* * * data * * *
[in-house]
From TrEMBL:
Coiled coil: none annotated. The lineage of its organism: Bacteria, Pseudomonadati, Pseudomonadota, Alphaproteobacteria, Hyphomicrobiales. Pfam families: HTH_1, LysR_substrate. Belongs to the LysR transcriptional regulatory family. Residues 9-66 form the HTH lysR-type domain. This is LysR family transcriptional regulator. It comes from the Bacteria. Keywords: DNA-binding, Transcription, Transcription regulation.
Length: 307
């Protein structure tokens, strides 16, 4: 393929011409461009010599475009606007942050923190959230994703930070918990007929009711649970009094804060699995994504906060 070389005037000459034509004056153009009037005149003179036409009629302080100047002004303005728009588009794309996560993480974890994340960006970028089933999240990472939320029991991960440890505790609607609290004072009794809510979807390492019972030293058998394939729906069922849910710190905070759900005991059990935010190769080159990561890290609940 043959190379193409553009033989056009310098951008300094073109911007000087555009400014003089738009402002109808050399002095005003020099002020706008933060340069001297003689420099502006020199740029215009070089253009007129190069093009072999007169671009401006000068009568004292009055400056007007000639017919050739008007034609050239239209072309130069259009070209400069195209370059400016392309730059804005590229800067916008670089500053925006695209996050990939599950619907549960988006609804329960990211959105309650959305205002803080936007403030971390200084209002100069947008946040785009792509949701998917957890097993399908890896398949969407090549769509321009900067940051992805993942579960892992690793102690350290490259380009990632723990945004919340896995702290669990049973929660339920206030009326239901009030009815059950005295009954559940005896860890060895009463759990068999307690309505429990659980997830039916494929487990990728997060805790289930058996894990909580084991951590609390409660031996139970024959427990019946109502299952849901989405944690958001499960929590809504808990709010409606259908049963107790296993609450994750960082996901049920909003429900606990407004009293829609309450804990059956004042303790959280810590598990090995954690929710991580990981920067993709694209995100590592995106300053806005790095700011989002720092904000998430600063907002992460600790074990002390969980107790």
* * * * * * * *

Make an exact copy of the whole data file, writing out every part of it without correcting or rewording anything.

[in-house]
From TrEMBL:
Coiled coil: none annotated. The lineage of its organism: Bacteria, Pseudomonadati, Pseudomonadota, Alphaproteobacteria, Hyphomicrobiales. Pfam families: HTH_1, LysR_substrate. Belongs to the LysR transcriptional regulatory family. Residues 9-66 form the HTH lysR-type domain. This is LysR family transcriptional regulator. It comes from the Bacteria. Keywords: DNA-binding, Transcription, Transcription regulation.
Length: 307
């Protein structure tokens, strides 16, 4: 393929011409461009010599475009606007942050923190959230994703930070918990007929009711649970009094804060699995994504906060 070389005037000459034509004056153009009037005149003179036409009629302080100047002004303005728009588009794309996560993480974890994340960006970028089933999240990472939320029991991960440890505790609607609290004072009794809510979807390492019972030293058998394939729906069922849910710190905070759900005991059990935010190769080159990561890290609940 043959190379193409553009033989056009310098951008300094073109911007000087555009400014003089738009402002109808050399002095005003020099002020706008933060340069001297003689420099502006020199740029215009070089253009007129190069093009072999007169671009401006000068009568004292009055400056007007000639017919050739008007034609050239239209072309130069259009070209400069195209370059400016392309730059804005590229800067916008670089500053925006695209996050990939599950619907549960988006609804329960990211959105309650959305205002803080936007403030971390200084209002100069947008946040785009792509949701998917957890097993399908890896398949969407090549769509321009900067940051992805993942579960892992690793102690350290490259380009990632723990945004919340896995702290669990049973929660339920206030009326239901009030009815059950005295009954559940005896860890060895009463759990068999307690309505429990659980997830039916494929487990990728997060805790289930058996894990909580084991951590609390409660031996139970024959427990019946109502299952849901989405944690958001499960929590809504808990709010409606259908049963107790296993609450994750960082996901049920909003429900606990407004009293829609309450804990059956004042303790959280810590598990090995954690929710991580990981920067993709694209995100590592995106300053806005790095700011989002720092904000998430600063907002992460600790074990002390969980107790």